Update: A further extensive post on LED issues just gone up August 18 on the Greenwashing Lamps blog,
Lighting industry on LED issues basically comparing the 2009 promises with the 2012 delivery…
Looking at the LED Bulb section of the post…
with testing and reports from Sweden and the EU, but likely applicable elsewhere too,
at least in the general observations.
Some of it has been auto-translated from Swedish, but thankfully with adjustments by the author!
My emphases, some editing:
Report from Dec 14, 2011
With the new energy conservation requirements, incandescent bulbs be phased out, increasing interest in alternative lighting.
The lamps which the National Electrical Safety Board has looked at are (therefore) the incandescent bulb replacement LED bulbs.
They are based on modern LED technology and all the lamps tested contains a small power pack, situated in the lamp socket.
The Safety Board has recently given a variety of (these) LED lamps sales ban.
The most common reason is electrical grid disturbances, but they also interfere with radio frequencies.
Result of market supervision
More than half of the LED lights purchased through the market and tested have received sales bans. This is a remarkably high figure, which may be because most of the lights checked had built-in dimming, i.e. that they are dimmable. Dimmable LED lamps contain control electronics that often require specific measures to achieve acceptable properties to make electrical devices work together, known as electromagnetic compatibility (EMC). This is sometimes overlooked by the lamp manufacturers. It is important to you as a manufacturer or importer to ensure that the LEDs have been tested properly with EMC.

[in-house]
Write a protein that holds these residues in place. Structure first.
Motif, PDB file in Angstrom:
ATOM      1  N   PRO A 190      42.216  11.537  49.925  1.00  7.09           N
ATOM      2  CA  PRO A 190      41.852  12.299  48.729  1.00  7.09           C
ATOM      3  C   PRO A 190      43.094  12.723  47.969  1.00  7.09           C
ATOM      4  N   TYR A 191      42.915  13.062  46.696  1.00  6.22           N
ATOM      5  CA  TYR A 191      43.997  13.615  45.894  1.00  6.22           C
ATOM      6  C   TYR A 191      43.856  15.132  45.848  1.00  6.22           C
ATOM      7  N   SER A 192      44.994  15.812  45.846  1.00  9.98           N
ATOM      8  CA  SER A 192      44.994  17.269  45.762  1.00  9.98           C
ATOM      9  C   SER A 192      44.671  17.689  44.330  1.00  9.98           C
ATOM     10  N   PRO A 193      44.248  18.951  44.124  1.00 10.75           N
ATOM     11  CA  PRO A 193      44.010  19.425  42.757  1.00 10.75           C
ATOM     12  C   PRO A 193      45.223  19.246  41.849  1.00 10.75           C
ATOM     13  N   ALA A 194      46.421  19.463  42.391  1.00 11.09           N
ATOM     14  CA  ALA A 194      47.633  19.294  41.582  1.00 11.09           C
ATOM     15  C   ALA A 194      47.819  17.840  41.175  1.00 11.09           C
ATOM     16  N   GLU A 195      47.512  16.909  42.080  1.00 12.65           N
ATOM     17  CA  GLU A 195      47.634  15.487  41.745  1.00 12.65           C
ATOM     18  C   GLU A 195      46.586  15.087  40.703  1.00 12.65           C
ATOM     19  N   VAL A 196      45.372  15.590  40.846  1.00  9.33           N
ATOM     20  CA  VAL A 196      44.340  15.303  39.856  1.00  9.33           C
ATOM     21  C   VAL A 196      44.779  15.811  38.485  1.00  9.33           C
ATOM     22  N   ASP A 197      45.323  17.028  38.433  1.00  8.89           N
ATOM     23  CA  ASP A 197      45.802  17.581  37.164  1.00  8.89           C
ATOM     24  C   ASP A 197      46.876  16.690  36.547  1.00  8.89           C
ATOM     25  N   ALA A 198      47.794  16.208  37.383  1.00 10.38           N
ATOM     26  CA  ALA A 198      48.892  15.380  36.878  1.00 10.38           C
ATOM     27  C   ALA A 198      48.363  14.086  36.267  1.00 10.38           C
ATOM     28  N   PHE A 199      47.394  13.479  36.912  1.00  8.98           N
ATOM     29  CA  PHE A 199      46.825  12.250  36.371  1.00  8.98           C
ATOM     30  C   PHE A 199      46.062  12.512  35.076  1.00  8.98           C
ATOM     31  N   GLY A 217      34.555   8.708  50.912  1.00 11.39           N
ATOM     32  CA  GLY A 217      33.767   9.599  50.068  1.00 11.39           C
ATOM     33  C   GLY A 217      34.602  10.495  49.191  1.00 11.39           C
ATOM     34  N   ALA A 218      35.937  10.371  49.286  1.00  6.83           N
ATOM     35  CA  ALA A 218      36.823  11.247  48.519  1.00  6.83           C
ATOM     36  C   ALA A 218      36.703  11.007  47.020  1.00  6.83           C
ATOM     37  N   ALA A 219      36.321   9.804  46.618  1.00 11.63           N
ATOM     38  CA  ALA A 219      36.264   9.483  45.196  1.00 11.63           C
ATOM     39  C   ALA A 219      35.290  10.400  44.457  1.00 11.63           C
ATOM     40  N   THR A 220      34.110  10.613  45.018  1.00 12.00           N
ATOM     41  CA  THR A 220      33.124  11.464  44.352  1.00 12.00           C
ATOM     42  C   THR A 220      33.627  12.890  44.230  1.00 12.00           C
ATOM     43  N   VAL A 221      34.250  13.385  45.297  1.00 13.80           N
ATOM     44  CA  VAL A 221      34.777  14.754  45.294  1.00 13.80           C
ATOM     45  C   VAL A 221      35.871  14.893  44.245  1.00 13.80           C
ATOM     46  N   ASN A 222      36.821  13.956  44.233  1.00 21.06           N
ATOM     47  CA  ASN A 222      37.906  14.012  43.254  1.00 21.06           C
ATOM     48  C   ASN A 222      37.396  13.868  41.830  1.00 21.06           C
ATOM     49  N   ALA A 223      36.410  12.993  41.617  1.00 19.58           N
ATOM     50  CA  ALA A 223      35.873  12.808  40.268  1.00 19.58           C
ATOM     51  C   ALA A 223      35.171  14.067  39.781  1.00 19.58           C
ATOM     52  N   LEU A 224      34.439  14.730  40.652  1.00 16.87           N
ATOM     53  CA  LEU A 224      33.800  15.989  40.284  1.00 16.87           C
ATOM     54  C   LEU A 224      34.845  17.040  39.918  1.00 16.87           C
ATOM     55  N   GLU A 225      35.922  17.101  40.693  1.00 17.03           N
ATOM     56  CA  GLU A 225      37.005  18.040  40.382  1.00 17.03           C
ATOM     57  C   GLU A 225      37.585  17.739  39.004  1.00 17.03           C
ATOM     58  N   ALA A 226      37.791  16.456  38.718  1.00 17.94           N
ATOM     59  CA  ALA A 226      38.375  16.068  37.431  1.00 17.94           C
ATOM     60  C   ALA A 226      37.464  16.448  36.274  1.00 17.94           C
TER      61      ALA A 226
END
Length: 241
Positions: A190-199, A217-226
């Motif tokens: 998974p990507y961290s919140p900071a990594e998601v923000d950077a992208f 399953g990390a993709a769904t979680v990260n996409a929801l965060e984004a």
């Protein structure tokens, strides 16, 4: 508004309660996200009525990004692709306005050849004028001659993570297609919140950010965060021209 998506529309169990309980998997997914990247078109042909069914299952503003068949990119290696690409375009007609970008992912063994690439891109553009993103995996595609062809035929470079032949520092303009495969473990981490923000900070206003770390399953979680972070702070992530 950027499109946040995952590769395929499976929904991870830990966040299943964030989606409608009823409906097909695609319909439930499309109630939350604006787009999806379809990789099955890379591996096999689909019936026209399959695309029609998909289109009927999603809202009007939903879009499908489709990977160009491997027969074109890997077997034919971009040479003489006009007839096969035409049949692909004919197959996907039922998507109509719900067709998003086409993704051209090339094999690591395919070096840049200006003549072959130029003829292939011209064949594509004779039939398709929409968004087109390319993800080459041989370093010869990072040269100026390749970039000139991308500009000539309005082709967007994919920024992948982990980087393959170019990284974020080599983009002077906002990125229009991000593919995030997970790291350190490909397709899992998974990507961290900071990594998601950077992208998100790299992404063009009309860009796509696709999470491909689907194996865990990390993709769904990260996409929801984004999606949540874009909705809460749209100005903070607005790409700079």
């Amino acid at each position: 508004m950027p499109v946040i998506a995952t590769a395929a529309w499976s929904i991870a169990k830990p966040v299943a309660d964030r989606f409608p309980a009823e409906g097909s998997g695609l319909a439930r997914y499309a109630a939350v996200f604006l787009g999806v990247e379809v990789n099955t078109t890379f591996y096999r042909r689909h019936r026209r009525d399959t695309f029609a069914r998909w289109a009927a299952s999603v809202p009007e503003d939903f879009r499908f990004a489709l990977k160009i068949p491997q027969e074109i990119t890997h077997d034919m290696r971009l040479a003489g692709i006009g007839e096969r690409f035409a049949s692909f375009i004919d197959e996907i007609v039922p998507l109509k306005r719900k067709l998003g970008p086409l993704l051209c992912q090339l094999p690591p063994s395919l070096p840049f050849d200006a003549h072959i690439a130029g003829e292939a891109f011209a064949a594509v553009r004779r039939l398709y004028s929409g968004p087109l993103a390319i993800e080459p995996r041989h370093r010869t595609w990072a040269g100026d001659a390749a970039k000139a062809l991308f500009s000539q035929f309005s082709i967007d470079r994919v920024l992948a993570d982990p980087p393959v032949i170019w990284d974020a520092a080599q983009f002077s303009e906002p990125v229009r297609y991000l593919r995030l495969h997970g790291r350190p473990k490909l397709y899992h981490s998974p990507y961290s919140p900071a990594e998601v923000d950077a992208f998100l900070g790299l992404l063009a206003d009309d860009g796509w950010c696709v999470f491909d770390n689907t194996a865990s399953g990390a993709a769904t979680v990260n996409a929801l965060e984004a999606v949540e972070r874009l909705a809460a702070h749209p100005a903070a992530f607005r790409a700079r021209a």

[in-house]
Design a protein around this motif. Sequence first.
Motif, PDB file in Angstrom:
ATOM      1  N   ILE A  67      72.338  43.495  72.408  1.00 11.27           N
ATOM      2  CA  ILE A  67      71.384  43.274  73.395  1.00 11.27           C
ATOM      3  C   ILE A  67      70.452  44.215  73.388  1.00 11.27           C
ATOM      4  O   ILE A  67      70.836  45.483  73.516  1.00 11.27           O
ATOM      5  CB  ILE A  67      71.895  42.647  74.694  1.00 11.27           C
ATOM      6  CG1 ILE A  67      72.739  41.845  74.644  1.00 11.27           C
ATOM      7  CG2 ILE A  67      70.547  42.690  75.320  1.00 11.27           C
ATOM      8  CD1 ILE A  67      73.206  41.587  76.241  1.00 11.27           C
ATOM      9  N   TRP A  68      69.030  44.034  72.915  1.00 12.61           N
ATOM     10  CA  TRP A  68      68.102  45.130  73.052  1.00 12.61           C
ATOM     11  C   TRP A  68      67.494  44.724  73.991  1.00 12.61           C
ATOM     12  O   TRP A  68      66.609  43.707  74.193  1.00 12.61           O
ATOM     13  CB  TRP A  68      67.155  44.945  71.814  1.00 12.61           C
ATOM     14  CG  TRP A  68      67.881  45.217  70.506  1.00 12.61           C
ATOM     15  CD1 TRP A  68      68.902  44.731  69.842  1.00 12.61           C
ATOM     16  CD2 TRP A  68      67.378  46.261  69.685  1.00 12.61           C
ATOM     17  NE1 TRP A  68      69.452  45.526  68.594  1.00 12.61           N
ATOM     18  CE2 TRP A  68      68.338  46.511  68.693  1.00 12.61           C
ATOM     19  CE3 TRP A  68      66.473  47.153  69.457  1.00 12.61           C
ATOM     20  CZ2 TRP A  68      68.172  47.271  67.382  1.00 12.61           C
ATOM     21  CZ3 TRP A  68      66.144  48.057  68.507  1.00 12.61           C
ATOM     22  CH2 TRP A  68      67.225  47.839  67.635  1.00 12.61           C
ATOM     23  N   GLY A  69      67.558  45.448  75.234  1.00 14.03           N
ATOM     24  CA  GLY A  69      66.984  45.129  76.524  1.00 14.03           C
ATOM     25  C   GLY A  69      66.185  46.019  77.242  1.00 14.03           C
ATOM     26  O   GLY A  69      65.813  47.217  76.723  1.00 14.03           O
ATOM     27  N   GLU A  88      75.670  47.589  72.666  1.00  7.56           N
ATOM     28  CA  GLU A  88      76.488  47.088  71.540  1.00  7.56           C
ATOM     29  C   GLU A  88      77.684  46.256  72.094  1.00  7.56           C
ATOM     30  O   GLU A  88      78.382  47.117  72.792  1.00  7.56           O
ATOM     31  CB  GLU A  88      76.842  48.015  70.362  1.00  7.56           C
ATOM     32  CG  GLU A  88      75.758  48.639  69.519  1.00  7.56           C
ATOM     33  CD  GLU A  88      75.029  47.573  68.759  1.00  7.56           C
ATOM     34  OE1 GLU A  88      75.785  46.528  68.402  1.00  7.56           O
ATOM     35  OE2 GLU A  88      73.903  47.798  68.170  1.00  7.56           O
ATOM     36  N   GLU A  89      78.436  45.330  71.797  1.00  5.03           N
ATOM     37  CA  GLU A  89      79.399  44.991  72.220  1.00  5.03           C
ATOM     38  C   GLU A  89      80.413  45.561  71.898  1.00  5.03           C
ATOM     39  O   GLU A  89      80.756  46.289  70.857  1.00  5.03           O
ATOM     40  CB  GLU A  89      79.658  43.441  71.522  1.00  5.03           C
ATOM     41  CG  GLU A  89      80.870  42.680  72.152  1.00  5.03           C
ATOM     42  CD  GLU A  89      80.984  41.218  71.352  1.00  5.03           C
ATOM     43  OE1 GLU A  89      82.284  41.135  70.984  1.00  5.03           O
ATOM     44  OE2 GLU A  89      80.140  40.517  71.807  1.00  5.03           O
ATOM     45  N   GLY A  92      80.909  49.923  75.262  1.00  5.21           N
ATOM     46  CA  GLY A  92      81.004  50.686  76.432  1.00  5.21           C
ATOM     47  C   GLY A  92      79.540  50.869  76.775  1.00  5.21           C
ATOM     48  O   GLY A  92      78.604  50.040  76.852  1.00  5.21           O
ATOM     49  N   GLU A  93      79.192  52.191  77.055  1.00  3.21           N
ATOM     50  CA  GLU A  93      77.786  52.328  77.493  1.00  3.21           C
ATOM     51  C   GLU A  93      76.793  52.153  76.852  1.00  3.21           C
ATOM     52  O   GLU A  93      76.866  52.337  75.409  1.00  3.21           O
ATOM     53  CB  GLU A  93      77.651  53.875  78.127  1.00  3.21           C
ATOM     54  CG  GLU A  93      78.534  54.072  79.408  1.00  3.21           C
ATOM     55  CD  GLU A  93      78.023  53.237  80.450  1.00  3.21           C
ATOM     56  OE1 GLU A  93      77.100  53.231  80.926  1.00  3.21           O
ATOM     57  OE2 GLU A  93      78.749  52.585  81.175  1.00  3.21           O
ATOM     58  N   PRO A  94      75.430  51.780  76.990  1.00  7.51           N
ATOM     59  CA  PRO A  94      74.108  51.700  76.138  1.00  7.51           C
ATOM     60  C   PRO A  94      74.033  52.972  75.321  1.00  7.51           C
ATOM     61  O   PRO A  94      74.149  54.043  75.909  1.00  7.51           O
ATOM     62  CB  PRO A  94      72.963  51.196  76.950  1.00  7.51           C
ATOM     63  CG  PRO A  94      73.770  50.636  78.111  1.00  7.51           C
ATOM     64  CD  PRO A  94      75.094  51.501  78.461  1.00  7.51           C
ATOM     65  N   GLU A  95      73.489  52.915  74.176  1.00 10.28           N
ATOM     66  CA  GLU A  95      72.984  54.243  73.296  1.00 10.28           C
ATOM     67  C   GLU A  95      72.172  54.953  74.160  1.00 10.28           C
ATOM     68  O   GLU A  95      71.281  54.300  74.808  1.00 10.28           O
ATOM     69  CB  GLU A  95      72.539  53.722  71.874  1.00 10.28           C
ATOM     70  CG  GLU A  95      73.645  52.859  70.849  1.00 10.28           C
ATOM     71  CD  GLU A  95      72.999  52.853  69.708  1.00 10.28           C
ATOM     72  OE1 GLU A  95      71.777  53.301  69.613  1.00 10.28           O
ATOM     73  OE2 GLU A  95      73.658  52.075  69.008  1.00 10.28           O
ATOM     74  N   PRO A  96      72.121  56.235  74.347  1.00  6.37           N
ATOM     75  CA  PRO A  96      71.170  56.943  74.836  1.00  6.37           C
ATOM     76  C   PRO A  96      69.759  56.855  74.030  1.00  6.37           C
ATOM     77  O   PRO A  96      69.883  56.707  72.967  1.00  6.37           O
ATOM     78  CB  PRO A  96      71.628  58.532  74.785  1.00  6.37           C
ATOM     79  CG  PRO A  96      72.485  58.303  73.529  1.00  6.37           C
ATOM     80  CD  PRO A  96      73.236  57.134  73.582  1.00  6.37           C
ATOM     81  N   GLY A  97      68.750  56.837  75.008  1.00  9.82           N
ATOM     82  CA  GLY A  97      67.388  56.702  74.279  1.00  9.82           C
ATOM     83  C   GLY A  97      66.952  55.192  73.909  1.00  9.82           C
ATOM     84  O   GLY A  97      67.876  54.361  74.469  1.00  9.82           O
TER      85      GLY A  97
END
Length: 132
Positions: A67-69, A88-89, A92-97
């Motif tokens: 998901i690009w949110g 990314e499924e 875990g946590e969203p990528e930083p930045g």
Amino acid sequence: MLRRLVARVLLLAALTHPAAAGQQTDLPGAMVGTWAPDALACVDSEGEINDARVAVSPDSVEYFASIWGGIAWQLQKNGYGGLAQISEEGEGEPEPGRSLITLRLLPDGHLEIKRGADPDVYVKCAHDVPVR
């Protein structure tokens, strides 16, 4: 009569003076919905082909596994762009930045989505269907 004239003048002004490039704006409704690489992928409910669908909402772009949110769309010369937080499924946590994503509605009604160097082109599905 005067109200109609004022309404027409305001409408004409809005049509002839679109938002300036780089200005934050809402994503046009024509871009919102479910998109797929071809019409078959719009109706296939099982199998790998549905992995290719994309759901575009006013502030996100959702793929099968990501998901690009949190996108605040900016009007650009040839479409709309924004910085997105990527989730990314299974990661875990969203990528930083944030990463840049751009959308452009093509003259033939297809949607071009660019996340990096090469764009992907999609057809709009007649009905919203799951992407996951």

How does the disturbance manifest?
LEDs produce disturbances in the distribution system which, among other things, can cause radio interference. Radio interference caused by the conducted noise radiating from the connected wires. This is because the lines, e.g. to the luminaire, act as transmitting antennas for conducted interference. The disturbance may affect other electrical products in the local area, even those that are not connected to an outlet. It can also affect communication such as wireless broadband and telephony.
What rules apply for manufacturers?
The Electrical Safety Authority on electromagnetic compatibility (ELSÄK-FS 2007:1) has to be followed. Regulations based on the EMC Directive (2004/108/EC EMCD).
Cooperation within the EU about LED lights
There is currently a campaign in the EU to have LED lighting examined. The aim is to investigate if the new LED lights on the market comply with applicable EMC requirements.
A few months later, EU authorities found similar problems:
Disruptive LEDs are examined in the EU
Feb 10, 2012
The National Electrical Safety Board has in 2011 looked into LED lights, half of which got sales bans. The reason for the bans is that the lights did not meet the applicable requirements for electromagnetic compatibility (EMC).
The lights disrupted other electrical products. Only one in five LED lamps passed the test without comment.
In parallel with the National Electrical Safety Board’s market surveillance of LED lights, the EU carried out an investigation. The EU surveillance is not strictly comparable to the Safety Boards’s market surveillance, but shows similar shortcomings. The results also show that manufacturers who use LED technology are very poor at complying with the Directive: